NFL Draft insiders are so concerned about who is going to be selected number one overall tonight. Let me tell you, it doesn’t matter. The past five No. 1 overall picks have been: Matthew Stafford (2009), Sam Bradford (2010), Cam Newton (2011), Andrew Luck (2012) and Eric Fisher (2013). Matthew Stafford wouldn’t be a fifth of the quarterback he is today if Calvin “Megatron” Johnson wasn’t saving his ass on a bunch of heaves that should be interceptions. Sam Bradford is supposed to be the franchise QB of the St. Louis Rams, yet four years later and the Rams are still swimming in mediocrity. The Chiefs’ No. 1 overall pick from last season, Eric Fisher, has already had two off-season surgeries after heavily underperforming during his rookie campaign. While, Andrew Luck and Cam Newton are the exceptions to the rule, does the NFL hype up the first-round too much?
If the NFL and media are the only standards we have, then it would appear that the first round is the only round that matters in the NFL Draft. While the first-round is publicized more than a quote from Kobe Bryant, the latter rounds receive little-to-no attention. Heck, most fans tune out after the first-round, because if our team selects Jadeveon Clowney, who cares what else happens? Sure, it’s exciting, but NFL stars are made in the NFL, not in college. Players like Richard Sherman, Julian Edelman, Tom Brady and Mike Wallace are pure examples of this.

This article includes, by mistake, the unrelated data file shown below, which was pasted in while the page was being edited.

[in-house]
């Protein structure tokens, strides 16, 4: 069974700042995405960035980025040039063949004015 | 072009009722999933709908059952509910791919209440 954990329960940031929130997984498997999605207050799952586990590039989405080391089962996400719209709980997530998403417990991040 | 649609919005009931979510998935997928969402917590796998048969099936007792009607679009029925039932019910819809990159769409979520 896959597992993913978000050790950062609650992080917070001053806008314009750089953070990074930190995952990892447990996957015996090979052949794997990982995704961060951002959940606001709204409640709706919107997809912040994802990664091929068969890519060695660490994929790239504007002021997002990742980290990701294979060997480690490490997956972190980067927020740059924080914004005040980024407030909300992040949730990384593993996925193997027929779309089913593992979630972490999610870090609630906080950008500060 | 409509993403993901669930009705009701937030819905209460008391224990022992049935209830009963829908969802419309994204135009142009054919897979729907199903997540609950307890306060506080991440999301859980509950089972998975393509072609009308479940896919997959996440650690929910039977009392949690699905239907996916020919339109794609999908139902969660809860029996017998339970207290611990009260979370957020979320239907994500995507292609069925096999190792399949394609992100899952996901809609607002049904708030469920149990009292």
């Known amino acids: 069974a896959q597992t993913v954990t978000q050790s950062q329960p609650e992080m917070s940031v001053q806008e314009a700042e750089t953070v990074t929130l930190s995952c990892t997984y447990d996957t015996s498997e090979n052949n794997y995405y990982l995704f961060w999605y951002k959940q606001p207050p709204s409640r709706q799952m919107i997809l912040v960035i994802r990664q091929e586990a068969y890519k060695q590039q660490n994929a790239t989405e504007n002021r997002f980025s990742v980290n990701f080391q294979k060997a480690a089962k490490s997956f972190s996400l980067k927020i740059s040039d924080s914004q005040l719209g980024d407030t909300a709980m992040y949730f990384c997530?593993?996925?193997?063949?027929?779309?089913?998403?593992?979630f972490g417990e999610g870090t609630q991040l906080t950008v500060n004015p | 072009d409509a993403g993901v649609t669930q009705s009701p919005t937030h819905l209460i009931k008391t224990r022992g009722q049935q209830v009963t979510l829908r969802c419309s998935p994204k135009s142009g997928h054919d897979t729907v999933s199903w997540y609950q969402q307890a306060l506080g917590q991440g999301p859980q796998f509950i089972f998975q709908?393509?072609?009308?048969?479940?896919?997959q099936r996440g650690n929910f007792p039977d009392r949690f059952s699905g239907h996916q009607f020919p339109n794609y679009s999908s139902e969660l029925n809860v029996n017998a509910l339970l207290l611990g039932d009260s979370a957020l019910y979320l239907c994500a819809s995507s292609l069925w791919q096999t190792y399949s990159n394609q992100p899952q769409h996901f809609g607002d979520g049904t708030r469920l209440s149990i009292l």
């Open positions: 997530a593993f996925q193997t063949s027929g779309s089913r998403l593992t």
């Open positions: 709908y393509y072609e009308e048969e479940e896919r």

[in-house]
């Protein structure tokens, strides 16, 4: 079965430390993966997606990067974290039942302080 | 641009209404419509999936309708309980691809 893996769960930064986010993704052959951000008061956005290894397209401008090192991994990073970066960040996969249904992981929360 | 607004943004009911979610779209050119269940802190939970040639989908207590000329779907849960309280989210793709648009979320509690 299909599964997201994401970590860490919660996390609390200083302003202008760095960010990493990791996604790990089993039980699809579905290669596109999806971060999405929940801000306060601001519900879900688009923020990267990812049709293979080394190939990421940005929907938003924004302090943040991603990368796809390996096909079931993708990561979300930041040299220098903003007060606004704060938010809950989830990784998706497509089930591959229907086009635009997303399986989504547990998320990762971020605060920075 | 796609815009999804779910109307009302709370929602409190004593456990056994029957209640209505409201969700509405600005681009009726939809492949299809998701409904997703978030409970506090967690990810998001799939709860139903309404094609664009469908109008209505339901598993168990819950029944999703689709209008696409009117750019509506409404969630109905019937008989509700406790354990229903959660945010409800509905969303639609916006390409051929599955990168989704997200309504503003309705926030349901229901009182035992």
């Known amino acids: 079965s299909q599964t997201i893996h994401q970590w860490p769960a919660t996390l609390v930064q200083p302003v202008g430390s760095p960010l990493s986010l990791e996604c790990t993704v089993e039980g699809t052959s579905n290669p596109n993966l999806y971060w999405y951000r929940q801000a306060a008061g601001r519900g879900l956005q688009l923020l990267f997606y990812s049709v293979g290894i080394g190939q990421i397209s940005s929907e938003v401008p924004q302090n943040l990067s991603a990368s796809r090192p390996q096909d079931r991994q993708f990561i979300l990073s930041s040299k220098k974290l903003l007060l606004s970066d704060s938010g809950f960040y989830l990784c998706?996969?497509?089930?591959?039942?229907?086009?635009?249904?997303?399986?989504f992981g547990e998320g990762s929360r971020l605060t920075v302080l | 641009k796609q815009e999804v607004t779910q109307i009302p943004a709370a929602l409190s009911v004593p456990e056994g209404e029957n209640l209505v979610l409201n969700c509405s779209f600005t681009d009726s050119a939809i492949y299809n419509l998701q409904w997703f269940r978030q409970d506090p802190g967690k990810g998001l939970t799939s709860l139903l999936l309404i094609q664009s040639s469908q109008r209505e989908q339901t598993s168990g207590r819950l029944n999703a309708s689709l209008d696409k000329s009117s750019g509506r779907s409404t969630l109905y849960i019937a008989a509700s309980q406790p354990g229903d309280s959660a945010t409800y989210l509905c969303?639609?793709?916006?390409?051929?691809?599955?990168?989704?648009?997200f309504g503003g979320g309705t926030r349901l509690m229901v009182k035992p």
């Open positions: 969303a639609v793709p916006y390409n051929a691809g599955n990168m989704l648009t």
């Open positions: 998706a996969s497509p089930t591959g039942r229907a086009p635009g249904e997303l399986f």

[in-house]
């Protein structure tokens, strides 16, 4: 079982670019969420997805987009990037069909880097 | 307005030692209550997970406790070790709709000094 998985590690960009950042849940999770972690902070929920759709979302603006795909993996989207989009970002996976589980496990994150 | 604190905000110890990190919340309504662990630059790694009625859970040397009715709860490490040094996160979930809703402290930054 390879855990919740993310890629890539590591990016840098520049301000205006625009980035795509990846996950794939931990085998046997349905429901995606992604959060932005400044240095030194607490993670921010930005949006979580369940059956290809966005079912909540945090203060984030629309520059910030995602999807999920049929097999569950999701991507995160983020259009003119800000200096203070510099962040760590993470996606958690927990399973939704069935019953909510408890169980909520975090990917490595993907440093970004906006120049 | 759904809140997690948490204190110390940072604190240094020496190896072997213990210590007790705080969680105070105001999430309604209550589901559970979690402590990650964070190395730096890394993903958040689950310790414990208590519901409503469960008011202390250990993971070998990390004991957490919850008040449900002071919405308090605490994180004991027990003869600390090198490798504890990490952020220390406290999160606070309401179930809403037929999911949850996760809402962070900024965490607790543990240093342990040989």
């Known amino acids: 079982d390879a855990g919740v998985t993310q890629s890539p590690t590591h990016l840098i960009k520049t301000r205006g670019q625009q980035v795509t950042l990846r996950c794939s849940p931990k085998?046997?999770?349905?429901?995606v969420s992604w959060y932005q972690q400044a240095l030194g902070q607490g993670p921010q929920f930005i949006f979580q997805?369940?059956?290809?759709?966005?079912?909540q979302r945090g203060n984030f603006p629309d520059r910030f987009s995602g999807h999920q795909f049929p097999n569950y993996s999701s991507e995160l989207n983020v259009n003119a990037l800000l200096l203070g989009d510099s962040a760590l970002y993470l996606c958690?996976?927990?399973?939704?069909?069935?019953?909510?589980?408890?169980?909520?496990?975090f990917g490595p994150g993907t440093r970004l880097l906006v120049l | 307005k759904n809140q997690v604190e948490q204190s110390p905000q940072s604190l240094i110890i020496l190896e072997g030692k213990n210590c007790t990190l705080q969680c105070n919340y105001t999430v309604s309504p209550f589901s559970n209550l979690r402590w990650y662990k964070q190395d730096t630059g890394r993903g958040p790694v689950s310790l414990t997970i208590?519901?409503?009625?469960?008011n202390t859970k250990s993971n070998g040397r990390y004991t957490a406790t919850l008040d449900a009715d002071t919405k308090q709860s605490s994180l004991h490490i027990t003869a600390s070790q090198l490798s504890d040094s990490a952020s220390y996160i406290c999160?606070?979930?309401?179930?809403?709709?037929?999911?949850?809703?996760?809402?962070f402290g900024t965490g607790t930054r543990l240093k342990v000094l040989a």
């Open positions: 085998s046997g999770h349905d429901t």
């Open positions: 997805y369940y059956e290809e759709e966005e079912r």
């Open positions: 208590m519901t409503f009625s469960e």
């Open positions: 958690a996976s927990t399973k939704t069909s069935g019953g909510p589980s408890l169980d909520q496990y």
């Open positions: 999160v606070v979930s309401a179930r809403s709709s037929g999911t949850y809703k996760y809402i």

When watching the draft tonight, just remember that the first overall pick is just as important as the 265th pick. This future NFL star won’t be found in the green room tonight, cladded out in a suit that costs as much as the amount of dollars on their first NFL contract. The next Tom Brady or Richard Sherman is sitting somewhere in the United States, on a couch, or most likely, training to get their shot in the NFL.